For a bass angler, early spring is the best time of year. Bass are beginning to get active, moving from their winter nooks and crannies to warmer, shallower, more open areas of the lake.
Some anglers live in warmer zones and may have been angling for bass for months already. Others have been patiently waiting for the lakes and rivers to thaw and the warm fronts start moving in.
If you're itching to get out on the water and land some bass, here are details about the pre-spawn period and excellent tips on how to catch some bass in the early spring when they're just up and about. If you're considering hitting the lake in the pre-spawn season, check the water temperature and what the bass are eating to reel in a few big ones.
Pre-Spawn and Spawn
Bass in early spring are only thinking about one thing—reproduction. Just before they immerse fully into the spawn, they partake in a feeding frenzy of protein-heavy food like crawfish that help the female bass develop eggs.
Bass won't eat at all during the 10 to 14 days that the spawn lasts, so they're packing it in like a bear before hibernation. When bass move into their spawning season, they focus on protecting their eggs and become defensive and easily riled.
Other species of fish like shad, a great choice of bait for white bass, start their spawning cycle, and the bass take advantage of that by aggressively hunting the smaller species of fish. Lures that mimic shad, minnow, bluegill, and bream are all great choices in this season.
Check the Water Temperature
Bass are most definitely creatures of habit. Their instincts—to hunt, take cover, and spawn— are primarily dictated by the temperature of the water in which they live. When the water is warm, between 55- and 65-degrees Fahrenheit, largemouth bass begin to spawn. Bass start to feed massively during pre-spawn, which generally occurs when the water is between 48 and 55 degrees.
If you're fishing for smallmouth bass, they follow the same routine, except they enter each new phase when the water is a few degrees cooler. Most fishing boats have a temperature gauge so you can note and record the water temperature easily.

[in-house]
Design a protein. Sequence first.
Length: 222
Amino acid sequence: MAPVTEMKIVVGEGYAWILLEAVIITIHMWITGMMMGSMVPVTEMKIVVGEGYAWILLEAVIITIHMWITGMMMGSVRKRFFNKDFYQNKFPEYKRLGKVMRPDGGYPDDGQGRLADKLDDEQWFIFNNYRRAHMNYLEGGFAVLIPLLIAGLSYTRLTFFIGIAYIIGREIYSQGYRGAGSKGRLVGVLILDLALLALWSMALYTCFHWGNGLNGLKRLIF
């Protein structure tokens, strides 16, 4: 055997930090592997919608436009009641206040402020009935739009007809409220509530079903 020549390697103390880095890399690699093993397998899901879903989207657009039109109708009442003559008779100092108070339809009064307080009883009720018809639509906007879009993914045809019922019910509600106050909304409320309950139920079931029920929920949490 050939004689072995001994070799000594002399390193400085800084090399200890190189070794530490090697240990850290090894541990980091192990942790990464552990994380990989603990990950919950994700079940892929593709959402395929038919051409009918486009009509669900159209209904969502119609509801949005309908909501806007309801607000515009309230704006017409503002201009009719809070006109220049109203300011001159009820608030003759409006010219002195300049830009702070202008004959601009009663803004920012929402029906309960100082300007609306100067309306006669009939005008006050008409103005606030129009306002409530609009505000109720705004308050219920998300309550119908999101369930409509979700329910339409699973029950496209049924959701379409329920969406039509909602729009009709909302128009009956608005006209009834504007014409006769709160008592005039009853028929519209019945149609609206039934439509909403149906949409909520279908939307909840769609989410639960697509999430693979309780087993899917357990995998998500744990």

Some anglers maintain that the moon cycle is almost as important as water temperature when you're going after some giant bass pre-spawn. The new moon and full moon are times when bass are very active.
Water Clarity and Cover
When the water is exceptionally clear, bass go deep. Their instinct is to hide and, without ample opportunity to do so in murky water, they head to the lake depths to conceal themselves for hunting.
If the water you're fishing is relatively murky and muddy, bass will hold close to whatever cover they can find, often at much shallower depths than in more transparent bodies of water. Grass, docks, old logs, boulders, or stumps make for excellent cover in cloudy water.
When the bass finally get to their spawning grounds, they make sure that their spawning activities and their eggs will not be disturbed by waves or wind. Behind boat docks, around corners, or in an undisturbed pocket are exceptional places to find spawning bass.
The most direct way to pick lures and bait for springtime bass fishing is to note what's going on in the lake. Bass are opportunistic eaters, and they have a lot to choose from as the waters warm.
Observe the waters on which you're fishing to see what looks abundant. The best live bait for bass are crawfish and minnows (minnows is a catch-all term and can include shiners, shad, and creek chub). Lures with a lot of action and that stay in the strike zone for as long as possible are especially successful in early spring.
Try lures that have the same heft and coloring as crawfish, the bass's favorite pre-spawn meal. Crawfish are called various names in different areas of the country, such as crayfish, mudbugs, or crawdad. They mean the same type of small crustacean, however, so pick your lures accordingly.
Pick a lure with lots of appendages, and one that makes movement. If the water is clear, reaction lures or search baits are a good choice. These are lures that bass will strike when they're in an aggressive feeding frenzy or when they're easily provoked while protecting their eggs. Crankbaits, spinner baits, and jerk baits are all great options.
Bluegills and sunfish also fall victim to bass in this period, mainly because the larger fish are protecting the spawning flats from any predators. Lures that echo the silvery quickness of these fish are excellent for getting a bass to strike.
Take into account the bass' attitude as you concoct a technique for fishing them early in the spring. They are either aggressively hunting or assertively defending their spawning grounds. Either way, it won't take much to rile them.
Once you've found an appropriate bass spawning area, lead with some lures that cover a lot of water, like crankbaits or reaction lures. If you cast in a wide fan, you may be able to get a reaction strike.
If you want your lure to go deep like the bass, choose a weighted lure that will do an excellent job of banging around the bottom of the lake, hopefully inciting angry reactions from the bass. Weight an already heavy lure with lead strips or tape so that, even after it bangs on a rock, it still sits on the bottom. These lures, and their close contact with the lake bottom, mimic crawfish scurrying across the lakebed, kicking up silt.
If you're heading out in the pre-spawning stage in early spring, make sure to have the gear necessary to check the water temperature, and the right lures to mimic the bass' favorite seasonal foods. Spring is a time of changeable weather, so pack lots of layers.